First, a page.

Harry’s change was confirmed again later that winter when during the holidays Harry paid my brother and I a visit while we were home for Christmas. We talked for about 20 minutes but there was obviously something wrong. He looked like Harry, but there was no way in hell that was the Harry that we grew up with. The change was noticed by my brother and me, as well as our father who said something about it briefly.

That following semester my best friend had a few classes with Harry and described Harry’s behavior as erratic. He began talking aloud during lectures and holding side conversations with classmates. Before the end of the semester my friend told me that Harry withdrew from school and was last seen getting into a taxi cab. Any news or sighting from Harry at this point only got worse. When these encounters were described by those who saw Harry, his mental and physical state could only be described as deteriorating.

 I wouldn’t see Harry again until the fall of 2005. I was working for a law firm in Charleston and I had a delivery to make. Normally I would have hopped in the car and made the delivery, but by late October in South Carolina we only have a few more days before the weather starts to get weird. (75 degrees one day and 55 the next.) I rolled up my sleeves G. W. Bush style and started walking towards my destination. I make it about one block and see an emaciated brother who seemed familiar. I then realized that it was Harry.

I call out his name and he keeps walking for a few steps then he turned and recognized me. He smiled and called me by one of my many nicknames “Murray”. We great each other doing the patented black man’s half hug-half handshake. I realized that Harry was homeless. He looked like hell and there’s not a nicer way to say it. We talked for about 15 minutes and between our conversation and the glassy look in his eyes I knew that Harry was having issues that went well beyond being homeless. I gave him my phone number but unfortunately I wouldn’t see or hear form Harry for another year.

The next winter I would begin to see Harry on a day to day basis. Still homeless, Harry was now living in a shelter in Charleston.  He would spend his days in the public library-something many of Charleston’s homeless do. When I would go check on Harry I begin to understand how low Harry had sunk. Each day he would look more and more unkempt. He would ramble about things odd things such being married and serving in the military and being wounded in combat. None of these things had ever happened to Harry, he was seriously out of his mind. A few days later I again went to visit Harry at the library and he was reading a book about schizophrenia. That made things so much clearer to me.

“He’s like a bottle in the water

Harry just floats through life

Walks around all day long singin’ this song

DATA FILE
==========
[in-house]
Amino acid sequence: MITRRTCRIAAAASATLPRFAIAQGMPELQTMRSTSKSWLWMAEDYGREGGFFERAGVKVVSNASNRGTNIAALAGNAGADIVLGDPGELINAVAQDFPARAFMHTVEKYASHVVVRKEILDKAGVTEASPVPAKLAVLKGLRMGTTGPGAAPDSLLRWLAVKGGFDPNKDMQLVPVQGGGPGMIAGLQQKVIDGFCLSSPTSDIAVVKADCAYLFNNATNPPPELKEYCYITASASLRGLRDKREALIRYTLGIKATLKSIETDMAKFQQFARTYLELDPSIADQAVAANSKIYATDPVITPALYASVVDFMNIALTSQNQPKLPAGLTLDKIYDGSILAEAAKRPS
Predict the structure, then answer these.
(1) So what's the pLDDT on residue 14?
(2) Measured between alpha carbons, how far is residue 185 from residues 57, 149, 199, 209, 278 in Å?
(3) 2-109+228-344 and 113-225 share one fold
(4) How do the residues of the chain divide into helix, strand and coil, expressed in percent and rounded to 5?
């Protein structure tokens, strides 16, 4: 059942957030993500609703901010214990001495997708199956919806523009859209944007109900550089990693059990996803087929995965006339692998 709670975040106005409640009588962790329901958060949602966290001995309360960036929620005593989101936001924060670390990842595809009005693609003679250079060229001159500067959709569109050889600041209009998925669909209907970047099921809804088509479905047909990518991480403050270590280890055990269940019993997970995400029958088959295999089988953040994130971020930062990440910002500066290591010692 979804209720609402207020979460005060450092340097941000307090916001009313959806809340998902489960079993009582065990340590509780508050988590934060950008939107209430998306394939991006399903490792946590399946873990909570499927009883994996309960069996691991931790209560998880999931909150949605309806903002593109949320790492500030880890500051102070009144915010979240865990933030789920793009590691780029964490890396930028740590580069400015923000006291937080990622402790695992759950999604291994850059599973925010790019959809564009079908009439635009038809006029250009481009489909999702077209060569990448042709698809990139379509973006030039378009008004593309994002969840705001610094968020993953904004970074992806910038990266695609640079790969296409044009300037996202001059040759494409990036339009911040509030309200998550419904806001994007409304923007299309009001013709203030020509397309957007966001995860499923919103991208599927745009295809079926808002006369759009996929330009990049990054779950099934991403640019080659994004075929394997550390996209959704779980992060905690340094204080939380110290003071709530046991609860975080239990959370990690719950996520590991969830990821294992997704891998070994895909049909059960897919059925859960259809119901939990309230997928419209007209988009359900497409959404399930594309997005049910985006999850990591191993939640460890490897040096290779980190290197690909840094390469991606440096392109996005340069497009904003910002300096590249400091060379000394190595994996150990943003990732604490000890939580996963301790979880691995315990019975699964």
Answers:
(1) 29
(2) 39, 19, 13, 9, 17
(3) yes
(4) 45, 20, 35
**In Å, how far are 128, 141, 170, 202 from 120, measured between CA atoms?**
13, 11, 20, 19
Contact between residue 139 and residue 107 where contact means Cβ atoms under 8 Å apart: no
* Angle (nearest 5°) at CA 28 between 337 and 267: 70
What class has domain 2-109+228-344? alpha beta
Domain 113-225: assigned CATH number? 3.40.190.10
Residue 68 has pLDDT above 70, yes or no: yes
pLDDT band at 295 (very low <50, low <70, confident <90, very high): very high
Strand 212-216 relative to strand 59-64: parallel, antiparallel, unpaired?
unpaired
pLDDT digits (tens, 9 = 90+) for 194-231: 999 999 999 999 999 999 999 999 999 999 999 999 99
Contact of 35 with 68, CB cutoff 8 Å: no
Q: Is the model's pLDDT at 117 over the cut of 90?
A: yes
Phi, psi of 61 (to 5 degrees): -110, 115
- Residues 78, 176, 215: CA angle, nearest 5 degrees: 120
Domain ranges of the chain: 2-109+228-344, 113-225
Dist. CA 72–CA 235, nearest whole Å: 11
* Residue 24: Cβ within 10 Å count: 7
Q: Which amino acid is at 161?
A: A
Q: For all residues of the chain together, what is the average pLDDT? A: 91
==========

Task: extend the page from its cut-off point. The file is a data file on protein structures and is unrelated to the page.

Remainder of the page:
Whoa, whoa, whoa, ohhh yeah.”

 

During the following spring I tried to urge Harry to get help, but I started to think he didn’t want any. Any suggestion of pulling himself up was only met with him smiling and talking about working at temp agencies. It seemed as if everything was right in Harry’s world. No worries.  Our conversations started to get more frustrating for me because I found myself trying to reach out to a man who needed my help, but I wasn’t always sure that he wanted it. He came by my job one day and I hooked him up with some lunch. When he was leaving I asked “Harry, what are you doing for the rest of the day?”

He looked at me with a snarky smirk and replied “Sleepin’. Chillin’.” As if I was an idiot for asking a simple question. I remember one of my assistants overhearing his comments and giving me an “Is he serious?” look. In all of his dire circumstances Harry maintained a carefree lifestyle even though he was barely getting by.

“Harry Hippie, lies asleep in the shade,

life don’t bug him cause he

thinks he’s got it made.

He never worry about nothin’ in particular

Oooh he might even sell free press on Sunset”

 

I couldn’t help but to wonder if Harry was hustling me, but I held to the steadfast belief that I was doing right by Harry. He needed me. I decided to ask Harry if he wanted to go home with me on Easter weekend so that he could see his family and just get the hell out of Charleston for a while. (Honestly, I was hoping that he would stay at home with his family.) He agrees and we headed home on Good Friday. When we got home I asked Harry if he wanted me to take him to his family’s house. He had no intentions of going there. Instead he requested that he be dropped off at Hardees. My friends and I knew that if he went to the Hardees (please remember this is a very small town) no good was going to come to Harry that night. He would actually spend the night in my best friend’s car in the cold. The next night my brother and me actually took him to his uncle’s house where he stayed until the next day when he went to his sister’s place.